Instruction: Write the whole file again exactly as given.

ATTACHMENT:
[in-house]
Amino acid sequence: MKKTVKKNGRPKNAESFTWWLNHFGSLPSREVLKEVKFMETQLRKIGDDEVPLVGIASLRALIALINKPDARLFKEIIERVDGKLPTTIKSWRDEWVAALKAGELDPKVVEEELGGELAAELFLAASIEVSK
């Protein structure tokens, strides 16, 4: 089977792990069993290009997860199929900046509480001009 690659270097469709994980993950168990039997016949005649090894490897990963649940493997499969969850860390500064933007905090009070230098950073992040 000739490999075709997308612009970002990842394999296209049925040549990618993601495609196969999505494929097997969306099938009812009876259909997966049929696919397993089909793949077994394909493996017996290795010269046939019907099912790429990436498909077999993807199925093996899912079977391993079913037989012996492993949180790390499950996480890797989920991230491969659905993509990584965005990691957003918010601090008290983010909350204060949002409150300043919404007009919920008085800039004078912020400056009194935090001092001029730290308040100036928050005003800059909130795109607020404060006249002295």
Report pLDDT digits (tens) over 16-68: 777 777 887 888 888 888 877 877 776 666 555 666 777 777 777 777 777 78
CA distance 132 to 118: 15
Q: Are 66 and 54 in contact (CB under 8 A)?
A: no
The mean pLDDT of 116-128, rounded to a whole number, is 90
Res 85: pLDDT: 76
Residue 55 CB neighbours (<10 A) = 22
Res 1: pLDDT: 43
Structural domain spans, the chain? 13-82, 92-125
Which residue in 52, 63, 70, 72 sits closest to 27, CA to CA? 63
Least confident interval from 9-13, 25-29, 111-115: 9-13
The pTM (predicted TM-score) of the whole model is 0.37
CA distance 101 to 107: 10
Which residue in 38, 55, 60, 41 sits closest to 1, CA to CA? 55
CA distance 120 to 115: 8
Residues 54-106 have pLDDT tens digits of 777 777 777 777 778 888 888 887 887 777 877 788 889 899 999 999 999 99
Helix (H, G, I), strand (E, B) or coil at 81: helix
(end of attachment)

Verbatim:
[in-house]
Amino acid sequence: MKKTVKKNGRPKNAESFTWWLNHFGSLPSREVLKEVKFMETQLRKIGDDEVPLVGIASLRALIALINKPDARLFKEIIERVDGKLPTTIKSWRDEWVAALKAGELDPKVVEEELGGELAAELFLAASIEVSK
């Protein structure tokens, strides 16, 4: 089977792990069993290009997860199929900046509480001009 690659270097469709994980993950168990039997016949005649090894490897990963649940493997499969969850860390500064933007905090009070230098950073992040 000739490999075709997308612009970002990842394999296209049925040549990618993601495609196969999505494929097997969306099938009812009876259909997966049929696919397993089909793949077994394909493996017996290795010269046939019907099912790429990436498909077999993807199925093996899912079977391993079913037989012996492993949180790390499950996480890797989920991230491969659905993509990584965005990691957003918010601090008290983010909350204060949002409150300043919404007009919920008085800039004078912020400056009194935090001092001029730290308040100036928050005003800059909130795109607020404060006249002295």
Report pLDDT digits (tens) over 16-68: 777 777 887 888 888 888 877 877 776 666 555 666 777 777 777 777 777 78
CA distance 132 to 118: 15
Q: Are 66 and 54 in contact (CB under 8 A)?
A: no
The mean pLDDT of 116-128, rounded to a whole number, is 90
Res 85: pLDDT: 76
Residue 55 CB neighbours (<10 A) = 22
Res 1: pLDDT: 43
Structural domain spans, the chain? 13-82, 92-125
Which residue in 52, 63, 70, 72 sits closest to 27, CA to CA? 63
Least confident interval from 9-13, 25-29, 111-115: 9-13
The pTM (predicted TM-score) of the whole model is 0.37
CA distance 101 to 107: 10
Which residue in 38, 55, 60, 41 sits closest to 1, CA to CA? 55
CA distance 120 to 115: 8
Residues 54-106 have pLDDT tens digits of 777 777 777 777 778 888 888 887 887 777 877 788 889 899 999 999 999 99
Helix (H, G, I), strand (E, B) or coil at 81: helix